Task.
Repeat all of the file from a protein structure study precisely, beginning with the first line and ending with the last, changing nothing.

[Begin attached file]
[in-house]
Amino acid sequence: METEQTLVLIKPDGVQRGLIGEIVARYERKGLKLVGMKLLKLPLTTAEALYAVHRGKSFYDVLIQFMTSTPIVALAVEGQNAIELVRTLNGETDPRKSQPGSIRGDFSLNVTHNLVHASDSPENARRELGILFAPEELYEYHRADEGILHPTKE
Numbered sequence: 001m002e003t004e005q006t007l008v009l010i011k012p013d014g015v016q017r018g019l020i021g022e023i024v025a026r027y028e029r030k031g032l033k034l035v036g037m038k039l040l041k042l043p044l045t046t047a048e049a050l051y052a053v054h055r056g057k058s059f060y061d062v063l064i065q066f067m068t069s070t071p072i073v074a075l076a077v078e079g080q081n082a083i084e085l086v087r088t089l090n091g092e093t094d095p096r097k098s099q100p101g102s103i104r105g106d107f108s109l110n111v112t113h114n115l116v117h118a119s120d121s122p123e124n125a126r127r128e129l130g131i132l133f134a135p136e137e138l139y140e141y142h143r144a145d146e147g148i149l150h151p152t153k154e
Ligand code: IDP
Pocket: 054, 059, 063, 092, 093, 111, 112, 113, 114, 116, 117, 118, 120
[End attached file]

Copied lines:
[in-house]
Amino acid sequence: METEQTLVLIKPDGVQRGLIGEIVARYERKGLKLVGMKLLKLPLTTAEALYAVHRGKSFYDVLIQFMTSTPIVALAVEGQNAIELVRTLNGETDPRKSQPGSIRGDFSLNVTHNLVHASDSPENARRELGILFAPEELYEYHRADEGILHPTKE
Numbered sequence: 001m002e003t004e005q006t007l008v009l010i011k012p013d014g015v016q017r018g019l020i021g022e023i024v025a026r027y028e029r030k031g032l033k034l035v036g037m038k039l040l041k042l043p044l045t046t047a048e049a050l051y052a053v054h055r056g057k058s059f060y061d062v063l064i065q066f067m068t069s070t071p072i073v074a075l076a077v078e079g080q081n082a083i084e085l086v087r088t089l090n091g092e093t094d095p096r097k098s099q100p101g102s103i104r105g106d107f108s109l110n111v112t113h114n115l116v117h118a119s120d121s122p123e124n125a126r127r128e129l130g131i132l133f134a135p136e137e138l139y140e141y142h143r144a145d146e147g148i149l150h151p152t153k154e
Ligand code: IDP
Pocket: 054, 059, 063, 092, 093, 111, 112, 113, 114, 116, 117, 118, 120